The Democratic majority in the Empire State’s upper chamber was always tenuous, but Monday’s coup by 30 Republicans and two Democrats put everything in focus. The 30 remaining Democrats will be fighting hard to regain their majority status and, provided Democrats retain the governor’s mansion, control congressional redistricting.

Aubertine’s district is one of the most difficult they hold. So, in effect, he could actually help his party win more congressional seats by staying in the state Senate.

“Aubertine’s decision is more of a tug-of-war between state and national Democrats than a decision about what will happen in 2012,” Wasserman said. “The Democrats would like to keep this seat in the state Senate no matter what. They want total control of the process.”

Overall, history shows that the number of quality challengers who emerge to run for Congress declines as redistricting maps become more entrenched, with the final election before redistricting – 2010, in this case – having the fewest quality challengers.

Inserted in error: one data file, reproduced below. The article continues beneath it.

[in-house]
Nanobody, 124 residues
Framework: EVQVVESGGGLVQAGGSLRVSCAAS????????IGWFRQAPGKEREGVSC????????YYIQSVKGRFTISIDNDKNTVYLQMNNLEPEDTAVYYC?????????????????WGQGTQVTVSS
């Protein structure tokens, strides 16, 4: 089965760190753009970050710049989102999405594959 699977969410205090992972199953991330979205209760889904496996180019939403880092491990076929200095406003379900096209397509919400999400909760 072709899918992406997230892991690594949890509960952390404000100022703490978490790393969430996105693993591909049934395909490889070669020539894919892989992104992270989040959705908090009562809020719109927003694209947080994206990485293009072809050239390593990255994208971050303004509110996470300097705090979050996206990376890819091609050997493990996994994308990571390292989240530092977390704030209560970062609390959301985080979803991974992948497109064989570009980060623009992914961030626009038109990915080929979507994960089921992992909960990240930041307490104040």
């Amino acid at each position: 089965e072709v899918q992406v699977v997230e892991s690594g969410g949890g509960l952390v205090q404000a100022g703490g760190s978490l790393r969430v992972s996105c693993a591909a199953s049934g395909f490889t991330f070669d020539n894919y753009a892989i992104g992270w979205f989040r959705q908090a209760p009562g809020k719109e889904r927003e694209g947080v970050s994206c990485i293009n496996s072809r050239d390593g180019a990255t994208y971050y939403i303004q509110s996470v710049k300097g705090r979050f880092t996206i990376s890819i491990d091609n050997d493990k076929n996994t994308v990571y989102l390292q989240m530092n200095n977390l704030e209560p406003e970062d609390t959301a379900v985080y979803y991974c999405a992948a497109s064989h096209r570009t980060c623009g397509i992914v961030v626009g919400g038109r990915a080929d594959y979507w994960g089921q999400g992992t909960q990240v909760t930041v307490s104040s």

Vanderbilt political science professor Marc Hetherington, who has also studied redistricting’s effect on candidates, said the upcoming election cycle could be something of an exception, given the number of Republican seats that have flipped Democratic the last two elections.

But, he said, controlling for other variables like the economy, the effect remains the same, and 2012 could be more attractive for many candidates.

“How much different are conditions going to be then?” he said. “We know the districts are going to be significantly different, and the incumbent just won two years ago. So why not wait?”